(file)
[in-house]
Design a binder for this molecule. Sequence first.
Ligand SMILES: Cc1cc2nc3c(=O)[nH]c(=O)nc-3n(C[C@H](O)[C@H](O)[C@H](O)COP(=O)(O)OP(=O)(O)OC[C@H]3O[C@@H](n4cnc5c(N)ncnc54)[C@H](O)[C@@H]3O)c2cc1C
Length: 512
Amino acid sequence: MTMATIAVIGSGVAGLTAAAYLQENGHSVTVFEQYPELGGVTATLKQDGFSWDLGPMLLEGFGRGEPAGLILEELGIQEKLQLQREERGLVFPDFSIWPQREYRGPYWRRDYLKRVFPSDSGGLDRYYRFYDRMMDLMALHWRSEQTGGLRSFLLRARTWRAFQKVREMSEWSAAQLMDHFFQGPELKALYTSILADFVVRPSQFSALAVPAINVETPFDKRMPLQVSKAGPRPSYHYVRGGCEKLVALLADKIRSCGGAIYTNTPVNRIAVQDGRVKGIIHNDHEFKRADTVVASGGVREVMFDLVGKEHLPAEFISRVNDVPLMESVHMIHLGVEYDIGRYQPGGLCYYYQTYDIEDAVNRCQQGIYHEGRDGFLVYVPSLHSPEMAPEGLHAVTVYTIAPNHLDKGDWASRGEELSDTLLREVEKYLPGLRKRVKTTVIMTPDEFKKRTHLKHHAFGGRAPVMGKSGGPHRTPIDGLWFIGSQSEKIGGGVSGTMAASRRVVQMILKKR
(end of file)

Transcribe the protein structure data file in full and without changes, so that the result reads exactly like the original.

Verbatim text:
[in-house]
Design a binder for this molecule. Sequence first.
Ligand SMILES: Cc1cc2nc3c(=O)[nH]c(=O)nc-3n(C[C@H](O)[C@H](O)[C@H](O)COP(=O)(O)OP(=O)(O)OC[C@H]3O[C@@H](n4cnc5c(N)ncnc54)[C@H](O)[C@@H]3O)c2cc1C
Length: 512
Amino acid sequence: MTMATIAVIGSGVAGLTAAAYLQENGHSVTVFEQYPELGGVTATLKQDGFSWDLGPMLLEGFGRGEPAGLILEELGIQEKLQLQREERGLVFPDFSIWPQREYRGPYWRRDYLKRVFPSDSGGLDRYYRFYDRMMDLMALHWRSEQTGGLRSFLLRARTWRAFQKVREMSEWSAAQLMDHFFQGPELKALYTSILADFVVRPSQFSALAVPAINVETPFDKRMPLQVSKAGPRPSYHYVRGGCEKLVALLADKIRSCGGAIYTNTPVNRIAVQDGRVKGIIHNDHEFKRADTVVASGGVREVMFDLVGKEHLPAEFISRVNDVPLMESVHMIHLGVEYDIGRYQPGGLCYYYQTYDIEDAVNRCQQGIYHEGRDGFLVYVPSLHSPEMAPEGLHAVTVYTIAPNHLDKGDWASRGEELSDTLLREVEKYLPGLRKRVKTTVIMTPDEFKKRTHLKHHAFGGRAPVMGKSGGPHRTPIDGLWFIGSQSEKIGGGVSGTMAASRRVVQMILKKR